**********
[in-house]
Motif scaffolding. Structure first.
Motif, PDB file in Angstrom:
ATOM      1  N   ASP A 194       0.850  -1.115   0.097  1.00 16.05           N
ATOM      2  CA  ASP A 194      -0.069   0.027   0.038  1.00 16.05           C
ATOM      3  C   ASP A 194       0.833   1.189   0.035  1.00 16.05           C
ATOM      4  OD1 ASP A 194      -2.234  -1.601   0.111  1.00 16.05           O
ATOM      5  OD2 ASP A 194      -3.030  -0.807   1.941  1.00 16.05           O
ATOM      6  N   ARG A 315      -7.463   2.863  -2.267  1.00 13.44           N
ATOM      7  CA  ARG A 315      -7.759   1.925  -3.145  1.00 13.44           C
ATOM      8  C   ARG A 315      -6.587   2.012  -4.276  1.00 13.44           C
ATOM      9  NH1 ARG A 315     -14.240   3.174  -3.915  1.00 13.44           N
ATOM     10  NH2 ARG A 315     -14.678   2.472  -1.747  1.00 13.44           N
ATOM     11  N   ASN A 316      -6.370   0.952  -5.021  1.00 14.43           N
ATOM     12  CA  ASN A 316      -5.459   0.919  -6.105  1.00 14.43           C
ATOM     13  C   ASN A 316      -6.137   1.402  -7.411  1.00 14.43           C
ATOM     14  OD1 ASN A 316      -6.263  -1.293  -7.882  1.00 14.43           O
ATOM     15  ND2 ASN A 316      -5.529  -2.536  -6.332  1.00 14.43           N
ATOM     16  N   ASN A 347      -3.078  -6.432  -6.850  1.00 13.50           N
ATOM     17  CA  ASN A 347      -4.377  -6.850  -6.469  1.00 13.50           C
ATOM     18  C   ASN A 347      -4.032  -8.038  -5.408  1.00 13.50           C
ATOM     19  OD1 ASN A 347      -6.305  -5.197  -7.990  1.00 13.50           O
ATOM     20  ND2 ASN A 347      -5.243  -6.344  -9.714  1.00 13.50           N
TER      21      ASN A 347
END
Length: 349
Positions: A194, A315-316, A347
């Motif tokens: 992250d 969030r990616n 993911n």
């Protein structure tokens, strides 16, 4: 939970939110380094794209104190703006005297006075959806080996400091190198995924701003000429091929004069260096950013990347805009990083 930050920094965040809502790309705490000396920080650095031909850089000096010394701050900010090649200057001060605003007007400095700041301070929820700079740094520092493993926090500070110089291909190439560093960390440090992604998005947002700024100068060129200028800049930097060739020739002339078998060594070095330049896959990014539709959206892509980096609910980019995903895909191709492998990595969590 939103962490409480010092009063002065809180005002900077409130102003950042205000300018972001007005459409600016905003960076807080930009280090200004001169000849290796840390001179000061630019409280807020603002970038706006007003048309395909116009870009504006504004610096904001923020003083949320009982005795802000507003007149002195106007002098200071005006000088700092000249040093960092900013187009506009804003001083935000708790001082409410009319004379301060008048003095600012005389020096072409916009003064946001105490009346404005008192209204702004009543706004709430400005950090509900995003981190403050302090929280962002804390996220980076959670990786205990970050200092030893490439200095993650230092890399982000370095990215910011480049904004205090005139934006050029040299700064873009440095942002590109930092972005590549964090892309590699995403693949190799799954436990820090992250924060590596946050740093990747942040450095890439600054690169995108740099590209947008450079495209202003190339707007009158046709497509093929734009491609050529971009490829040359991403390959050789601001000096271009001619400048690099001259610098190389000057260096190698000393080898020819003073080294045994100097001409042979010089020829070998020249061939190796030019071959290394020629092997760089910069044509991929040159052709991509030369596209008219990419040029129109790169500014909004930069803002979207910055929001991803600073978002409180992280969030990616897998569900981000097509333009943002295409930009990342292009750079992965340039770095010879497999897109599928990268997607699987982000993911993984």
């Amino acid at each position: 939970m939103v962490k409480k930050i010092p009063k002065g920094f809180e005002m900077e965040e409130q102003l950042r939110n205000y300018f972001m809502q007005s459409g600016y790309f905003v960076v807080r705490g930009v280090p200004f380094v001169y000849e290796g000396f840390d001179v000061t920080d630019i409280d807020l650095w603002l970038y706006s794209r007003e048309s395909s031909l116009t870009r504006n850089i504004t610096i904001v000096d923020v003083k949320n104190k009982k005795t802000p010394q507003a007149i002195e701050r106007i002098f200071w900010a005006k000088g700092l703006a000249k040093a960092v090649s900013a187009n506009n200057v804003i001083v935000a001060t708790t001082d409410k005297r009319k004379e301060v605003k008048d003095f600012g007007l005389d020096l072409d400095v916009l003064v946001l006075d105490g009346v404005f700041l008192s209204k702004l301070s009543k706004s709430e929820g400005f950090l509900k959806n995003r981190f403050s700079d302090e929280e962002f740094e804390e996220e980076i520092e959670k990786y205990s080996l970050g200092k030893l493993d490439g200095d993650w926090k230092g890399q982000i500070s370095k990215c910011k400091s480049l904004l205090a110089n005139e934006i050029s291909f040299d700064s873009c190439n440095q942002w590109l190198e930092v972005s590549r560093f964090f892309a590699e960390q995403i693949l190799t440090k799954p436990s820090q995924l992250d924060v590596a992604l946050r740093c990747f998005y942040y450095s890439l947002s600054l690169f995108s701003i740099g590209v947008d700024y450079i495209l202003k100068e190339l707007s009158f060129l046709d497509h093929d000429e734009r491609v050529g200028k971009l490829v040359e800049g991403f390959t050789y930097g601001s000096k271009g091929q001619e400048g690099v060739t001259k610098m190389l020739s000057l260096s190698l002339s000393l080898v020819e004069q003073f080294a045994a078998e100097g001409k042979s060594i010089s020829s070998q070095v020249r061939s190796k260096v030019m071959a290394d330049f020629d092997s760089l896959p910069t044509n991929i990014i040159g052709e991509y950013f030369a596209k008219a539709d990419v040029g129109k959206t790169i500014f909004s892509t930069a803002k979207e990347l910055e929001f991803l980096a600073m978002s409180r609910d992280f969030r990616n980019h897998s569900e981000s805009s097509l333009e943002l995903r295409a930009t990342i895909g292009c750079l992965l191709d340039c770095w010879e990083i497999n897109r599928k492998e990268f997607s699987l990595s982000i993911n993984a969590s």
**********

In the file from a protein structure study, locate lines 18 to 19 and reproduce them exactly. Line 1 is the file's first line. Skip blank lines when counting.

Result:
ATOM     15  ND2 ASN A 316      -5.529  -2.536  -6.332  1.00 14.43           N
ATOM     16  N   ASN A 347      -3.078  -6.432  -6.850  1.00 13.50           N